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Redirects For A Global Website


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#1 BeantownSEO

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Posted 23 July 2009 - 04:09 PM

I am currently working on a client's global website and will be the first to admit I am not the most technically astute person. The client has a global website, www.client.com which has a 302 redirect setup to //www.client.com/index.jspx;jsessioni...E9F44CAADE.pa05, which is then redirected to the English version of the site, www.client.com/en-US/index.jspx;jse...E9F44CAADE.pa05.

So in the search results for the brand, you see www.client.com but when you click the result, you are redirected to www.client.com/en-US/index.jspx. They have an IP detection set in place so that the main site, www.client.com, redirects you to the proper internatinal version of the site; it detects where you are and redirects you to the proper site.

So my question is, is the 302 redirect the proper HTTP header for www.client.com, or should it be a 301 redirect, or should it even be that www.client.com returns a 200 HTTP OK as does all of the different versions of the site, like www.client.com/en-US/index.jspx for example. I want to make sure that the proper redirects are in place so that all link popularity is funneled down properly, and transferred properly, and that there aren't multiple URL's indexed for the same page because things are not redirect properly.

They have a few other branded websites, and all of them are handling this situation differently which makes it difficult to say. Another one of their sites is redirecting in this manner:

CODE
#1 Server Response: http://www.client2.com
HTTP Status Code: HTTP/1.1 301 Moved Permanently
Date: Thu, 23 Jul 2009 19:31:02 GMT
Server: Apache/2.2.8 (Unix) mod_ssl/2.2.8 OpenSSL/0.9.7a PHP/5.1.6
Location: http://www.client2.com/index.jsp
Vary: Accept-Encoding
Content-Length: 240
Connection: close
Content-Type: text/html; charset=iso-8859-1
Redirect Target: http://www.client2.com/index.jsp

#2 Server Response: http://www.client2.com/index.jsp
HTTP Status Code: HTTP/1.1 301 Moved Permanently
Date: Thu, 23 Jul 2009 19:31:02 GMT
Set-Cookie: JSESSIONID=E4F6A7CF456FA8E15C54F490A07D4AD5.el46; Path=/
Last-Modified: Thu, 23 Jul 2009 19:31:02 GMT
Cache-Control: max-age=60
Location: /languagejump
Connection: close
Content-Type: text/html; charset=utf-8
Vary: Accept-Encoding
Redirect Target: /languagejump

#3 Server Response: /languagejump
Wrong service type or malformed URL


Any help on which is the proper way to ensure proper indexing and funneling of link popularity would be greatly appreciated!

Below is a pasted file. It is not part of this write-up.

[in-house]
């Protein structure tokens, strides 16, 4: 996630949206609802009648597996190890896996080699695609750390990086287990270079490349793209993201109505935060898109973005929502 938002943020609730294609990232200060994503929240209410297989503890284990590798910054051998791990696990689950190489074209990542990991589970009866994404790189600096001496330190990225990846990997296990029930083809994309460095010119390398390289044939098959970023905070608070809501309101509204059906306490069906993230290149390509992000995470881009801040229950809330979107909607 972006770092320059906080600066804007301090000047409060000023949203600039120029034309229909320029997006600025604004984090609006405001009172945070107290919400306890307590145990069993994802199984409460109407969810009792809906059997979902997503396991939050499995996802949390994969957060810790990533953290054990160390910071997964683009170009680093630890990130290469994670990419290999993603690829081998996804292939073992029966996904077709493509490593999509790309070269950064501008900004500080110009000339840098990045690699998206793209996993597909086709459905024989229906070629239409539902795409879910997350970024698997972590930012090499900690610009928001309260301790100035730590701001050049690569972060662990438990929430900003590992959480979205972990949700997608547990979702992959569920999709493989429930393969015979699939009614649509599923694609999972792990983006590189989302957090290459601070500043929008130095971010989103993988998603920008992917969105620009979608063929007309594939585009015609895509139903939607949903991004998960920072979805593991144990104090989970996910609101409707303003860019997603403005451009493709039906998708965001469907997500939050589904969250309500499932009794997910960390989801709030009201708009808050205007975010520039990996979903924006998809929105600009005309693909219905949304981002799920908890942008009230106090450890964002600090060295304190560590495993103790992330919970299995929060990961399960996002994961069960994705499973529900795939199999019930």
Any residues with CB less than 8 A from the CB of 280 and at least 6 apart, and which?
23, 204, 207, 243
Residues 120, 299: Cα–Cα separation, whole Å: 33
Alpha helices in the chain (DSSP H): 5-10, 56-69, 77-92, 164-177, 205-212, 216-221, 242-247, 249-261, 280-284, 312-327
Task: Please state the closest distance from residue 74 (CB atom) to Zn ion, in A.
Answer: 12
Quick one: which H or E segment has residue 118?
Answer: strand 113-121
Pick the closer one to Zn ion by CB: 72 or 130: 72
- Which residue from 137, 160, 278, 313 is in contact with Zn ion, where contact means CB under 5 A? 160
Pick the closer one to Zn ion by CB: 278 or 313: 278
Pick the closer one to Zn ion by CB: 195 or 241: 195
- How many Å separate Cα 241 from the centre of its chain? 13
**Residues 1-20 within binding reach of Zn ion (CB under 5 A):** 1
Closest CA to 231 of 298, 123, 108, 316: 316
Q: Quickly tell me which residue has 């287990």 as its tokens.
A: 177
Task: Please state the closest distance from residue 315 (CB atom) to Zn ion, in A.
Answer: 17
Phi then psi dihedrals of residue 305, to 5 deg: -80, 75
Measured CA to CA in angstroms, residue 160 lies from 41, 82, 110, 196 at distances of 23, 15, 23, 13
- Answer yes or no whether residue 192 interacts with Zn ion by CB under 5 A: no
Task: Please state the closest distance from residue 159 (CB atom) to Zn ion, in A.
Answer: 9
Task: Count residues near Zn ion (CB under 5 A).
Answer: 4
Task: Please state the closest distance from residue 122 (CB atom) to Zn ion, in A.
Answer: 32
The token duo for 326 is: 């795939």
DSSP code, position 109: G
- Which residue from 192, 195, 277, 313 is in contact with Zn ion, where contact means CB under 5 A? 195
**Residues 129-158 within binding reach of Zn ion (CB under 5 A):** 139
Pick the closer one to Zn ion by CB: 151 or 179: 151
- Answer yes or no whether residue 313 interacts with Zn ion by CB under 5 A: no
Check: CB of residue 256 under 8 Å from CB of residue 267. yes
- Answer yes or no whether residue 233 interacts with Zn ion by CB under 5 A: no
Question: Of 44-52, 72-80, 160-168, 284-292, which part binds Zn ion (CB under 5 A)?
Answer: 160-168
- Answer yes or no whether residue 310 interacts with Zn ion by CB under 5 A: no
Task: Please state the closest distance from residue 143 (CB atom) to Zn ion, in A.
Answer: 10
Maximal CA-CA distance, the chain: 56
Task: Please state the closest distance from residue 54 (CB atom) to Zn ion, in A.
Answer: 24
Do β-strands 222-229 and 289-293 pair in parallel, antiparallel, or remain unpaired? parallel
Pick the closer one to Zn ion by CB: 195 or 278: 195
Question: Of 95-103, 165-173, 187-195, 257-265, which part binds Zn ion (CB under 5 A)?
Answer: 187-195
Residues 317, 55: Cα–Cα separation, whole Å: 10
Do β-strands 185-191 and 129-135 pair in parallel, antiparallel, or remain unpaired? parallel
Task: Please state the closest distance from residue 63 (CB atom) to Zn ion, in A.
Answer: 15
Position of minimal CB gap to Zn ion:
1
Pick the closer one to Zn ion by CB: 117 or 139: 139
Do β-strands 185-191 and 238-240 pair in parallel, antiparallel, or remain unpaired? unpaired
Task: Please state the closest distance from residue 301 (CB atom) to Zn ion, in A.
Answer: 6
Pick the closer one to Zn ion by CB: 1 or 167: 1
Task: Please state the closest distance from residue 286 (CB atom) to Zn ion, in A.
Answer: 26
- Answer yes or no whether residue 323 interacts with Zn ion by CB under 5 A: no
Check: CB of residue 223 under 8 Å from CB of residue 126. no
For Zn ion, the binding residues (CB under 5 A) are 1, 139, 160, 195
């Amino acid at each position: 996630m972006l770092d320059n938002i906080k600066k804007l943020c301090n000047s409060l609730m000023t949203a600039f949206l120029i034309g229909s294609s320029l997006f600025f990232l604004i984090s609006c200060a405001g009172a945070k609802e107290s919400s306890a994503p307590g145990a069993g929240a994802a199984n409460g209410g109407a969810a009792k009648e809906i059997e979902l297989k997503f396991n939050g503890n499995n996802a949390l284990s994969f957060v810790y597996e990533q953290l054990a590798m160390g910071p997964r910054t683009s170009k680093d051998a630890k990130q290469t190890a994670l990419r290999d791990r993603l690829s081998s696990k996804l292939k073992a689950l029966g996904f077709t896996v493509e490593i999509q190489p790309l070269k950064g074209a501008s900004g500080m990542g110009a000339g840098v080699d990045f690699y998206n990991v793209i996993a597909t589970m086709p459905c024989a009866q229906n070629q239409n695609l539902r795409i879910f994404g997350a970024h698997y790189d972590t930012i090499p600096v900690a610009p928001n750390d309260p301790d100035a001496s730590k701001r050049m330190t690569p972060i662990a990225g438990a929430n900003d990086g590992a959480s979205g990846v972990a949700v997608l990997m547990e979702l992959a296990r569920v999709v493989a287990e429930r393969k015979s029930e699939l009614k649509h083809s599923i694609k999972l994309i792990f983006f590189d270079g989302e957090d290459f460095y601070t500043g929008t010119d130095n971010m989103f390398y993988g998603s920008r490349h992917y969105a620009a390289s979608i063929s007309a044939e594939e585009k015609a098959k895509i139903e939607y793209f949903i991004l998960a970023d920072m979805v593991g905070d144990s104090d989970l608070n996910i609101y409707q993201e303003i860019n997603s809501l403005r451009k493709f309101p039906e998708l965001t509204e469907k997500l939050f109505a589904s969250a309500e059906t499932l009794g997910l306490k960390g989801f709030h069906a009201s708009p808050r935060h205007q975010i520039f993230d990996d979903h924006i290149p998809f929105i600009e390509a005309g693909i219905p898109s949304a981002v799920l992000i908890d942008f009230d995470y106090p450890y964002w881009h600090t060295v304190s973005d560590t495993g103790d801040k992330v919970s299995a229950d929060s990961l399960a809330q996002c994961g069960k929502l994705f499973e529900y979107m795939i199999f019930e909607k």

#2 adibranch

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Posted 24 July 2009 - 06:31 AM

redirect from the root to a sub directory or file is bad.. for various reasons. If they cant place the site in the root (which as developers they can, they just cant be bothered) then set up the folder/file point in htaccess.

#3 Randy

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Posted 24 July 2009 - 07:23 AM

Okay, there are definitely some redirect issues you'll probably want to get a better handle on. But that's not the part that concerns me first and most.

In your question you indicate the final url has what looks to be a Session ID in them. In this case a Java Session ID by the looks of it. That's what the jsessionid stuff is.

So my question is whether or not these session ids actually show up in the url strings? And if they do for you using a normal browser, does the server give the search engines a free pass around those? Or it is a required element? Or a required element if the browser/user-agent doesn't allow a cookie to be set.

Most likely you're going to want to do a little research and try to get as close as possible to viewing the site the same way the search engine spiders do. You can do this somewhat by using the site: operand at the various search engines, paying attention to the url structure of the pages they have indexed and reviewing the Cache they have on file for pages.

Or another way to do it is to set up your browser to make it look (and act) like the search engine spiders. In other words, you'll want to tweak the way the browser reports itself so that it'll look like Googlebot or Slurp and also to not accept Cookies and not process javascript or client side java.

That's where I'd start. Mostly because whether the pages can be spidered and cached properly is the most important thing. Only when you've confirmed the pages can be spidered and cached do you need to start sorting out the redirect stuff. That's a whole other ball game.




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